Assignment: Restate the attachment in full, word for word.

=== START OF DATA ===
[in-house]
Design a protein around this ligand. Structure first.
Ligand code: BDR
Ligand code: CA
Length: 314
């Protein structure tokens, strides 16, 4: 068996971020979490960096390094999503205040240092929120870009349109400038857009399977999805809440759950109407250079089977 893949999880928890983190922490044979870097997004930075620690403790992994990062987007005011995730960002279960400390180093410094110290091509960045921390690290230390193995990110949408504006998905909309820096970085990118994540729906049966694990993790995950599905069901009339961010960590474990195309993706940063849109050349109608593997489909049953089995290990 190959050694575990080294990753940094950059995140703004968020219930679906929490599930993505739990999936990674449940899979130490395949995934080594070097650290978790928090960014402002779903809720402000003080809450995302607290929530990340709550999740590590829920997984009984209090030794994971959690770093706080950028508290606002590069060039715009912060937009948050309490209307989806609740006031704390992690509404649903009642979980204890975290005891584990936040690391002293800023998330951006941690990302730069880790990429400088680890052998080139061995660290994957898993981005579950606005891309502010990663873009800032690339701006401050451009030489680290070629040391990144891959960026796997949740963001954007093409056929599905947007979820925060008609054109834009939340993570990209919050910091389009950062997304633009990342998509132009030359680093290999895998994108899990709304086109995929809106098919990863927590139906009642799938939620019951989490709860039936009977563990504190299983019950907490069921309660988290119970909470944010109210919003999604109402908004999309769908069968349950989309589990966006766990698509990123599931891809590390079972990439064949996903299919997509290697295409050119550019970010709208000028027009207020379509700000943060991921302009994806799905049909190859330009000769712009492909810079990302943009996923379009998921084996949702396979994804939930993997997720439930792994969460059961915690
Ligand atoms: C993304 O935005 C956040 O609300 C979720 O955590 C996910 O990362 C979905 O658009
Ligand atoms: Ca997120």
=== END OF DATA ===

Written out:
[in-house]
Design a protein around this ligand. Structure first.
Ligand code: BDR
Ligand code: CA
Length: 314
């Protein structure tokens, strides 16, 4: 068996971020979490960096390094999503205040240092929120870009349109400038857009399977999805809440759950109407250079089977 893949999880928890983190922490044979870097997004930075620690403790992994990062987007005011995730960002279960400390180093410094110290091509960045921390690290230390193995990110949408504006998905909309820096970085990118994540729906049966694990993790995950599905069901009339961010960590474990195309993706940063849109050349109608593997489909049953089995290990 190959050694575990080294990753940094950059995140703004968020219930679906929490599930993505739990999936990674449940899979130490395949995934080594070097650290978790928090960014402002779903809720402000003080809450995302607290929530990340709550999740590590829920997984009984209090030794994971959690770093706080950028508290606002590069060039715009912060937009948050309490209307989806609740006031704390992690509404649903009642979980204890975290005891584990936040690391002293800023998330951006941690990302730069880790990429400088680890052998080139061995660290994957898993981005579950606005891309502010990663873009800032690339701006401050451009030489680290070629040391990144891959960026796997949740963001954007093409056929599905947007979820925060008609054109834009939340993570990209919050910091389009950062997304633009990342998509132009030359680093290999895998994108899990709304086109995929809106098919990863927590139906009642799938939620019951989490709860039936009977563990504190299983019950907490069921309660988290119970909470944010109210919003999604109402908004999309769908069968349950989309589990966006766990698509990123599931891809590390079972990439064949996903299919997509290697295409050119550019970010709208000028027009207020379509700000943060991921302009994806799905049909190859330009000769712009492909810079990302943009996923379009998921084996949702396979994804939930993997997720439930792994969460059961915690
Ligand atoms: C993304 O935005 C956040 O609300 C979720 O955590 C996910 O990362 C979905 O658009
Ligand atoms: Ca997120």